If Facciola’s positive, Socratic inspired, moral vision for the Law is realized, and I for one think it is possible, then it would be a great new advance in the field of Law. The legal universe would be dented again. It would cement Facciola’s own place as a great Twenty-First Century genius, right up there with Jobs and Braman.
I am sure that Judge Facciola will continue his educational efforts in the field of law after the judge title becomes honorific. I hope he will give more specific form to his reform proposals. I cannot hope that his educational efforts will increase, because they are already incredibly prodigious, but I can hope they will now focus on his legacy, on his particular genius for legal ethics.
Many of our judges and attorneys work hard on e-discovery education. Many have great intellectual ability. But not many are capable of displaying the kind of genius we saw from Facciola’s swan-song as a judge at Georgetown. It is his alma mater, and the students at the Institute, which we have taken to calling the audience these days, were filled with John’s friends and admirers. It brought out the best in Fatch.
There were over 600 students, or fans, or audience, whatever you want to call them, who attended the Georgetown event held at the Ritz Carlton in Tysons Corner. That is a lot of people, mostly all lawyers. To be honest, that was several hundred lawyers too many for any CLE event. Big may be better in data, but not in education.
I liked the Institute better in its early days when there were just a few dozen attendees. I was there near the beginning as a teacher, and considered my sessions to be classes. The people who paid to attend were considered students. That is the language we used then. Now that has all changed. Now I attend as a presenter, and the people who pay to attend are called an audience. It seems like a transition that Socrates would condemn.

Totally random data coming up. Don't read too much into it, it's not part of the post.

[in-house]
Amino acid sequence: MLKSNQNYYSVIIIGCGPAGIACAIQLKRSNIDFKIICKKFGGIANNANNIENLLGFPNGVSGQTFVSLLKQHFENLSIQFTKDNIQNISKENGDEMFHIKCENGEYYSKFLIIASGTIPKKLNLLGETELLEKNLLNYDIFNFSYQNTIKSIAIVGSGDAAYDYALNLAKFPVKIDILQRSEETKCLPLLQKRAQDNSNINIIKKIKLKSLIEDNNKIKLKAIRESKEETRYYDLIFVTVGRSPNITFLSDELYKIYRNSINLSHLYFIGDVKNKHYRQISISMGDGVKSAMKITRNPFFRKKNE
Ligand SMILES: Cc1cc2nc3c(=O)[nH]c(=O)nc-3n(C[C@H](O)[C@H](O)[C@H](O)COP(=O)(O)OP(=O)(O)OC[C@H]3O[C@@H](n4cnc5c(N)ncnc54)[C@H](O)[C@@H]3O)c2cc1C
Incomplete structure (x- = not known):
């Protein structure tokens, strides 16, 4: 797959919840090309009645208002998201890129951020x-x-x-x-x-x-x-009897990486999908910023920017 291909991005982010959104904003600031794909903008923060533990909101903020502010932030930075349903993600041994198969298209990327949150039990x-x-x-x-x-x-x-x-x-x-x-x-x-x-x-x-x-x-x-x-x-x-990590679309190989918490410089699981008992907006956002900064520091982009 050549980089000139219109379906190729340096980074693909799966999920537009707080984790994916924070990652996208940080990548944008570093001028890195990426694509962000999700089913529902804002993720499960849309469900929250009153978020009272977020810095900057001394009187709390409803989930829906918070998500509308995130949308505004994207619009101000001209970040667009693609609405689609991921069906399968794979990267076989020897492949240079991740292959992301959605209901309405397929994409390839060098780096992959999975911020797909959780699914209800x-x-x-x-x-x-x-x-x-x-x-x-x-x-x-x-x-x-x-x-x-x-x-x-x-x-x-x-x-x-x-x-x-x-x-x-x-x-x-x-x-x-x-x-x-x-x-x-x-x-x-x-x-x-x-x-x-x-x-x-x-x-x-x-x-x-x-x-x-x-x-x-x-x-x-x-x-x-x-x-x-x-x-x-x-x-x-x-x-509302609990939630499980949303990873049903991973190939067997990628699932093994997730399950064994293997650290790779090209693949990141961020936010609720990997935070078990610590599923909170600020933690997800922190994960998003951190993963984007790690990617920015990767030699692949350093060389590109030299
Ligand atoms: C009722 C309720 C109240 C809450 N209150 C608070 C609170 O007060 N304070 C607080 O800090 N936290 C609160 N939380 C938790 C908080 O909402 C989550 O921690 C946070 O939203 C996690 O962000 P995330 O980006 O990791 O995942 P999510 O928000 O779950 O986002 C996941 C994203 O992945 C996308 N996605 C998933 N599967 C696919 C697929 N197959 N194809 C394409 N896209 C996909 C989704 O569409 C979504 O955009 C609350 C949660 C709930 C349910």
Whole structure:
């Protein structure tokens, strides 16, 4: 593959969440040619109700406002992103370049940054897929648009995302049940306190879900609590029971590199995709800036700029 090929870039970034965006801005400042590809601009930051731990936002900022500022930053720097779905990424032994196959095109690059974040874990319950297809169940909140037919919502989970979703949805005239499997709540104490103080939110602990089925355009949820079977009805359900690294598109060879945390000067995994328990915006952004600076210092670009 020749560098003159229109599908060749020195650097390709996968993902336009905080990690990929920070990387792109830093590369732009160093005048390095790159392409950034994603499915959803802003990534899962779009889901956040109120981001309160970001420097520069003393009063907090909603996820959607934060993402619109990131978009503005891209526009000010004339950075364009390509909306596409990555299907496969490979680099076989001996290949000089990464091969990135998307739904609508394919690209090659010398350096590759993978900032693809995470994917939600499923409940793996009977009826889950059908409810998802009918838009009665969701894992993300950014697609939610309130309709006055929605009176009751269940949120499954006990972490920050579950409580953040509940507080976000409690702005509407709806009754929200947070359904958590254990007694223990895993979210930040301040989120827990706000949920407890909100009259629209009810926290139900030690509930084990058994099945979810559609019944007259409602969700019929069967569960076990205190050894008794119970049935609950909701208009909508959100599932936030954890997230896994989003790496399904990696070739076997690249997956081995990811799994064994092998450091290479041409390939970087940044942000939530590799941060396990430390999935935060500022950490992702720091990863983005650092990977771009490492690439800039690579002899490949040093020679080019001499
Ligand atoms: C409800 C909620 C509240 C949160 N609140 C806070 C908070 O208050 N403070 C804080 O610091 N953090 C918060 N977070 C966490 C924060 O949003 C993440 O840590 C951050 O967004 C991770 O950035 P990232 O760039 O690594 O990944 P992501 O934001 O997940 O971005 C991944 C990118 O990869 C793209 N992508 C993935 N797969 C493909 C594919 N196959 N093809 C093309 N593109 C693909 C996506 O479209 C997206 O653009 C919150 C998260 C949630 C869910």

The big crowd and entertainment aspects of this years Georgetown Institute reminded me of a big event in Canada last month where I was honored to make the keynote on the first day. I talked about Technology and the Future of the Law, and, as usual, had my razzle dazzle Keynote slides. (I don’t use PowerPoint.) On the second day they had a second keynote. I was surprised to learn he was a professional motivational speaker. Not even a lawyer. My honor faded quickly. The keynote was all salesman rah rah, with no mention of the law at all. That’s not right in my book. It also made me wonder why I was really asked to give the first day’s keynote. Oh well, it was otherwise a great event. But I am now starting to tone down my slides. If I could tone down my enthusiasm, I would too, but I’ve tried, and that’s not possible.
The task of putting on a show for a large, 600 plus audience was too great a challenge for almost all of the presenters at Georgetown. Do not get me wrong, all of the attorneys tagged to present knew their stuff, but being an expert, and an educator, are very different things. Being an expert and an entertainer are almost night and day. Very, very few experts have the skills of Facciola to do that, who, by the way used no slides at all. (I cannot, however, help but think how it might have been improved by the projection of a large holographic image of Socrates.)
Most of the sessions I attended at Georgetown were like any other CLE, fairly boring. We presenters (at least we were not called performers) were all told to engage our audience, to get them talking, but that almost never happened. The shows were no doubt educational, at least to those who had not seen them before. But entertaining? Even slightly amusing? No, not really. Oh, a few of the panels had their moments, and some were very interesting at times, even to me. A couple even made me laugh a few times. But only one was pure genius. The solo performance of Judge John Facciola.